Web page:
"Mystery Team" was created by members of the Derrick Comedy group, and it's a strange little film, with gags involving magnifying glasses, hoboes and slingshots. One highlight is a trip to a gentlemen's club to look for clues; the trio don tuxedos and monocles and speak with patrician accents in an attempt to pass for gentlemen. I suppose there are people who wouldn't find such jokes very funny, but I was practically rolling on the floor. At times, I felt as if "Mystery Team" had been made for me personally - as if someone had broken into my trunk, stolen all my Mystery Gang stories, and developed an adult script based on the goofy scribblings of an elementary school student in the 1980s.

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Watching "War Horse"
Published on February 1, 2012 by Sara Foss

Over at the DG, I write about the new Steven Spielberg film "War Horse."

Here's an excerpt:

“'War Horse'” is a big, emotional, sentimental film, but I liked it anyway. It’s a throwback, but a good one, and director Steven Spielberg earns its tears honestly, by crafting a compelling storyline, creating vivid characters and filling the screen with evocative and expansive images.

'War Horse' is an old-fashioned movie about war and animals and men, but it’s also a little stranger than it might initially appear. The film opens in rural England, at a horse auction, where a disabled and hardscrabble farmer (Peter Mullan) outbids his nasty landlord for a beautiful thoroughbred. His wife (Emily Watson) was hoping he would return home with a useful plow horse, and demands that he do whatever he can to get his money back, but her son, Albert (Jeremy Irvine) begs to keep the horse, and promises to train him to plow. These early scenes pave the way for a lovable yarn about the bond between a boy and his clever horse, but the film switches gears when the farmer decides he SPOILER ALERT! DO NOT READ ANY FURTHER IF YOU DO NOT WANT TO KNOW WHAT HAPPENS! needs money, and sells the horse to a kindly Army captain. The horse, named Joey, is then sent off to war, where he spends the bulk of the film, passed from caretaker to caretaker. Unsurprisingly, the film’s final sections bring the film back around to Albert, now a soldier on the front, and still searching for his beloved horse.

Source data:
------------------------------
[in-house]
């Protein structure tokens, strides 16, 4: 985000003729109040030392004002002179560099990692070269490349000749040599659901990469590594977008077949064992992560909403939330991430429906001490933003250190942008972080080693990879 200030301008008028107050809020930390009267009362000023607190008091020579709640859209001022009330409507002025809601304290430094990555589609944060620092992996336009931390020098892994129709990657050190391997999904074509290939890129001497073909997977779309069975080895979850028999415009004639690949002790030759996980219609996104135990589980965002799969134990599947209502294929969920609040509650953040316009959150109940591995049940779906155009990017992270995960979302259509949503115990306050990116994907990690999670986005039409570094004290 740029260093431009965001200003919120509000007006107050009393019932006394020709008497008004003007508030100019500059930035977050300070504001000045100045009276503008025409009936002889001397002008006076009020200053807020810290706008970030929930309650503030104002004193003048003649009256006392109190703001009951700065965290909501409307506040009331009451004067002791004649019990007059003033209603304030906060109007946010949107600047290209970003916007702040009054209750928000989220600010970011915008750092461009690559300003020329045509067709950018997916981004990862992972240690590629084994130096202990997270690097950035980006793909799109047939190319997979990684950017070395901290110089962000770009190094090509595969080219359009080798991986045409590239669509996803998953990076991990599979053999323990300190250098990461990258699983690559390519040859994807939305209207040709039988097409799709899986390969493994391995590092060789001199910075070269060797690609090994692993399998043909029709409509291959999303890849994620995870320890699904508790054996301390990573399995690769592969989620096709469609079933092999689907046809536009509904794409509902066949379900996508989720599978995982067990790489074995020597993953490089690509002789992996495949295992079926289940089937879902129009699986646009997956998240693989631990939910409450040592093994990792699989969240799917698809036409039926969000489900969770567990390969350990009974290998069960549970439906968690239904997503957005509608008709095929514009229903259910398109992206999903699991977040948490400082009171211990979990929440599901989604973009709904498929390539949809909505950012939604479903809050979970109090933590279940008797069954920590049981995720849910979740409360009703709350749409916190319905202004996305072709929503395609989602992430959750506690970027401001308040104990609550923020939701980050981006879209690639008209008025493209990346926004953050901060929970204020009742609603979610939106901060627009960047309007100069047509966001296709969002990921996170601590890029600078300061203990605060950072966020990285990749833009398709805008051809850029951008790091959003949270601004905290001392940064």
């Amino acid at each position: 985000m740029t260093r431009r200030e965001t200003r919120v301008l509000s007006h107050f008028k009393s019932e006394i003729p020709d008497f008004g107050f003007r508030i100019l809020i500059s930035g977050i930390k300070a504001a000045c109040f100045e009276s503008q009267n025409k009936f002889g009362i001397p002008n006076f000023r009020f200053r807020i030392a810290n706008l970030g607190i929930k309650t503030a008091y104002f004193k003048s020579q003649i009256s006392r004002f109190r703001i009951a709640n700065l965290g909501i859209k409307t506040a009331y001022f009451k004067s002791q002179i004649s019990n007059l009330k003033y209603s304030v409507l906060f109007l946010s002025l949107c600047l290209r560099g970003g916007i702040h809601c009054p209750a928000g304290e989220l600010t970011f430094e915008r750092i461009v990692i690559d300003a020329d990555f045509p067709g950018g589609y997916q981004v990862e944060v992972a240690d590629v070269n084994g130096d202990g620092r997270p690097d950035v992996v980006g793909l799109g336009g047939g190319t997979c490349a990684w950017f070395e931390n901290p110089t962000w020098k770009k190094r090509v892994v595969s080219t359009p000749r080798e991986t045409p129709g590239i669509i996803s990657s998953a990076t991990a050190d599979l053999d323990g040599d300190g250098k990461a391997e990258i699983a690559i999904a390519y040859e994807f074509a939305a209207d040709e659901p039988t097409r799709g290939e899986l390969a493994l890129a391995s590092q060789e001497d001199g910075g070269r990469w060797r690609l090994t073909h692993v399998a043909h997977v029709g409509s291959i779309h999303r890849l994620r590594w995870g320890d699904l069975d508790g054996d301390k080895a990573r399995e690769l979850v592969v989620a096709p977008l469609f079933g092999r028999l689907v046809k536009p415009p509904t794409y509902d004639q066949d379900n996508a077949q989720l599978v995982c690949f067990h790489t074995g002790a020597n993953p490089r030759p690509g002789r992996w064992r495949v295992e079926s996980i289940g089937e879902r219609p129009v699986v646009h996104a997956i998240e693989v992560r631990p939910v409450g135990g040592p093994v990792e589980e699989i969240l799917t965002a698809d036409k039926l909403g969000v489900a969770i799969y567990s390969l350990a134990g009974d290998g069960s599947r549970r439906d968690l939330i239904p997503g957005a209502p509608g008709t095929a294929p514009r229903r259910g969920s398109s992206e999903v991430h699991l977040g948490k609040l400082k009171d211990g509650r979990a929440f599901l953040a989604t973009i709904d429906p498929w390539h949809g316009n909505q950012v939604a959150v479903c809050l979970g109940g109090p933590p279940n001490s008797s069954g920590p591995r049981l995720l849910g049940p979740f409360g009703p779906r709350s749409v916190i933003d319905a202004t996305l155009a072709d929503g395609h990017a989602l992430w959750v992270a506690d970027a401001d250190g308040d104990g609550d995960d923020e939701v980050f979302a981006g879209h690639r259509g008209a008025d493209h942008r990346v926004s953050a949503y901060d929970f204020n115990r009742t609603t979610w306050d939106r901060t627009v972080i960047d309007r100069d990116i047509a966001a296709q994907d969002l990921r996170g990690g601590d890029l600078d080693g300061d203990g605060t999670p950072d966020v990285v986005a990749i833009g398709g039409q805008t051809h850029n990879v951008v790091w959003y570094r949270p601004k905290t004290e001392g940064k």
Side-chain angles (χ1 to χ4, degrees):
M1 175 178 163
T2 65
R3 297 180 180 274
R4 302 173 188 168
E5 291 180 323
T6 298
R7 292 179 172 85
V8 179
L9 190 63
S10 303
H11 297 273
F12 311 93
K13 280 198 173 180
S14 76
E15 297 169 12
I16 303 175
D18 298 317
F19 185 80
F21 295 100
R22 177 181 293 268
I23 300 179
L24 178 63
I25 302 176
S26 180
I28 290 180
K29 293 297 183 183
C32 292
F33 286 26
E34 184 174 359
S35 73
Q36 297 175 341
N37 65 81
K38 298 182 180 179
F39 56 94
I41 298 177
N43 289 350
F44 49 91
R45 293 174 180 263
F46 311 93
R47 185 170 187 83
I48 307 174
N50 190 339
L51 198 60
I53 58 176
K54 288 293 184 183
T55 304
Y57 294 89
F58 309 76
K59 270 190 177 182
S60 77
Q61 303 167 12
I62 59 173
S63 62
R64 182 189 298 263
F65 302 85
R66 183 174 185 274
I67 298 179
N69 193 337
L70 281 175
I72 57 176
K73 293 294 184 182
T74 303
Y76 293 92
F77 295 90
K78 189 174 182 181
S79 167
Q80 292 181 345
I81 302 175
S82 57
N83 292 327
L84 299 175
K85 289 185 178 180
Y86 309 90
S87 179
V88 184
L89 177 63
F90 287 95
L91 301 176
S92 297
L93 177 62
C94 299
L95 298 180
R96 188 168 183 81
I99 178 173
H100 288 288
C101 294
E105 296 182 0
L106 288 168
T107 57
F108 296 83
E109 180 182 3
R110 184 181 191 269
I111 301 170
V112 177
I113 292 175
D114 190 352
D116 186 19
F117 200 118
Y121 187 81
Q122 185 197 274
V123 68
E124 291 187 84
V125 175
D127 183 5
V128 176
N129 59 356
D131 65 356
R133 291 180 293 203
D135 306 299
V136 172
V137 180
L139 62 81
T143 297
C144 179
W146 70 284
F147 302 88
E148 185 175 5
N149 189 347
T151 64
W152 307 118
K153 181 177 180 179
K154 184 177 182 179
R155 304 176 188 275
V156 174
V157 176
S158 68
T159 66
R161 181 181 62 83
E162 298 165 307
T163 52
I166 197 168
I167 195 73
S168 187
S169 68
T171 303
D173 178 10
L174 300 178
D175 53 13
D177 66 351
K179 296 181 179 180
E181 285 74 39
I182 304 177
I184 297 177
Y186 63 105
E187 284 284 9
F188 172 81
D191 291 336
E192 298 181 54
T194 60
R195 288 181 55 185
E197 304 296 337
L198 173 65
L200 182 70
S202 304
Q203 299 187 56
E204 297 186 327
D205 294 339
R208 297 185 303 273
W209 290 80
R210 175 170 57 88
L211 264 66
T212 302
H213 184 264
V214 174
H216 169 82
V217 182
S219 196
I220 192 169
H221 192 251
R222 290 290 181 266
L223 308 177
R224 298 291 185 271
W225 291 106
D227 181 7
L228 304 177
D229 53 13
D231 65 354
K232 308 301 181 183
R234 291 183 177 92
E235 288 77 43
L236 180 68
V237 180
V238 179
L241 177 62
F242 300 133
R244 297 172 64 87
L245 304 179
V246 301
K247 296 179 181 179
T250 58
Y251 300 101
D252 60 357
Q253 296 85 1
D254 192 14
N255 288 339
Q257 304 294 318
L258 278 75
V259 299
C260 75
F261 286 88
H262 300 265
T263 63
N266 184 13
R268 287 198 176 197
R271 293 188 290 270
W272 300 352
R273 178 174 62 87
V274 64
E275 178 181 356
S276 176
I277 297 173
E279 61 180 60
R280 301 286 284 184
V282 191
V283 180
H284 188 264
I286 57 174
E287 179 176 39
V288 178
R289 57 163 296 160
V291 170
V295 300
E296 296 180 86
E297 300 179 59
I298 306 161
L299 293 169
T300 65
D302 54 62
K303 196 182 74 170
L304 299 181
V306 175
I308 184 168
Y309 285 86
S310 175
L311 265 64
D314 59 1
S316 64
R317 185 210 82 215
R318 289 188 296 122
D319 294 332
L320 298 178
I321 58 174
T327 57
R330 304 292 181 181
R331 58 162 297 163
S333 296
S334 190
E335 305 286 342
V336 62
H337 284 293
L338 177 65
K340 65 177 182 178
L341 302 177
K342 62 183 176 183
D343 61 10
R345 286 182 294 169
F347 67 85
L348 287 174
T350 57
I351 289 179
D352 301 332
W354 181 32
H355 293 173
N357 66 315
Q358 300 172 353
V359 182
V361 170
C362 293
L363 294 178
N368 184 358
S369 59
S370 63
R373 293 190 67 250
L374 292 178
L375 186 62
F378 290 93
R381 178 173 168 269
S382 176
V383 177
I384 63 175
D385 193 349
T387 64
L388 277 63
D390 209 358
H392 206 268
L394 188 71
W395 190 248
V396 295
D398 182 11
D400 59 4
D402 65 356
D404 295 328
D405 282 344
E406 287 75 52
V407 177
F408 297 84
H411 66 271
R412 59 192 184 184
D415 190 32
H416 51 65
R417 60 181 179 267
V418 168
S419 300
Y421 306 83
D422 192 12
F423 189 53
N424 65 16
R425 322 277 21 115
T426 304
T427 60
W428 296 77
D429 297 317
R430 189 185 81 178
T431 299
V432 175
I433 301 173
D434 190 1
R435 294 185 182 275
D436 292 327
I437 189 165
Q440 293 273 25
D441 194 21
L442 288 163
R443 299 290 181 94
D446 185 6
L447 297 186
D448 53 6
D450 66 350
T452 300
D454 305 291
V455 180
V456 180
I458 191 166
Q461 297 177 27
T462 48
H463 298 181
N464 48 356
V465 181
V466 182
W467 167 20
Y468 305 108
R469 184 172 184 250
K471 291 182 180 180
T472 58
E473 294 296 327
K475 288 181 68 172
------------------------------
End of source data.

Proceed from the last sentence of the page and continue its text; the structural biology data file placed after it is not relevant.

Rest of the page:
This synopsis makes 'War Horse' sound like nothing I’d ever want to watch in my life, but the film’s open-hearted sincerity, the conviction of the performers, and the unusual storytelling technique won me over. I appreciated following Joey on his journey, and meeting the various men, soldiers and children who grow to love him. Most of the film’s characters are kind and decent, and a scene late in the film, where English and German soldiers call a temporary cease-fire to free Joey from barbed wire, seems to be Spielberg’s way of pointing out the folly of war, and the common humanity of the soldiers who wage such wars."

Click here to read the whole thing.


Jean Rollin, on DVD
Published on January 30, 2012 by Sara Foss

I've only seen one Jean Rollin film, 1975's "Lips of Blood." But it made a huge impression, and I'm excited to hear that Kino International is releasing five Rollin films on DVD this week. 

"Lips of Blood," a dreamlike and haunting erotic vampire story, is among the five. The other titles are "The Nude Vampire," "The Shiver of the Vampires," "The Iron Rose" and Fascination." (Notice a theme? Rollin specialized in horror, and vampires in particular.)

Anyway, the Rolllin DVD set has generated some interesting commentary. Here are some links:

Dave Kehr in the New York Times

Sean Axmaker at Parallax View

Budd Wilkins at Slant Magazine


After "The Wire"
Published on January 29, 2012 by Sara Foss

I've been slowly working my way through the television series "The Wire," and although I'm not quite finished with it (I'm about halfway through the final season), I think it's safe to say that it's one of the greatest TV series ever.

News involving "The Wire's" cast and crew always interests me, and last week I was excited to read a Washington Post story about Sonja Sohn, the actress who played Det. Shakima "Kima" Greggs. According to the article, Sohn has remained a presence in Baltimore, where the show was set, and has a charity, called ReWired For Life, that works with troubled youth from the city.

The story is pretty interesting, especially if you're a fan of "The Wire." Click here to read it.

Rolling Stone recently ran an interesting article about Felicia Pearson, who played Snoop on "The Wire," but it doesn't appear to be online. But it's definitely worth seeking out.


The Greatness of "Dazed and Confused"
Published on January 26, 2012 by Sara Foss

Richard Linklater's 1993 film "Dazed and Confused" is one of my favorite movies.

Even though it's a period piece, anyone who's ever been to high school will find something to relate to, at least a little. Now A.V. Club film critic Scott Tobias has added the film to his New Cult Canon, writing:

"Yet as funny and pleasurable as it is, Dazed And Confused isn’t like Cheech and Chong, Harold and Kumar, or any of the straight-up pot comedies with premium re-watch value. Amid all those good vibes, there’s a melancholy tone that’s been curiously denied as the film’s cult following has amassed. Though no artist can dictate or control how their work will be received, Linklater’s film is about painful rites of passage: the ritual hazing of freshmen; the quarterback who moves effortlessly between cliques, wrestling with a decision that will turn his teammates against him; the nerd who starts a fight and loses, badly, rather than resign himself to being “an ineffectual nothing.” In every case, these are kids who feel penned in by tradition and expectation, whether they’re warily submitting to the business end of a shop-crafted paddle or forced to sign a bullshit clean-livin’ commitment statement in order to lead that championship season."

Click here to read the entire piece. And if you haven't seen "Dazed and Confused," rent it immediately.


Thoughts on the Oscars ... and "Mission Impossible"
Published on January 24, 2012 by Sara Foss

Over at the DG, I provide my thoughts on the Oscars, as well as the new "Mission Impossible" movie.

Click here to read it.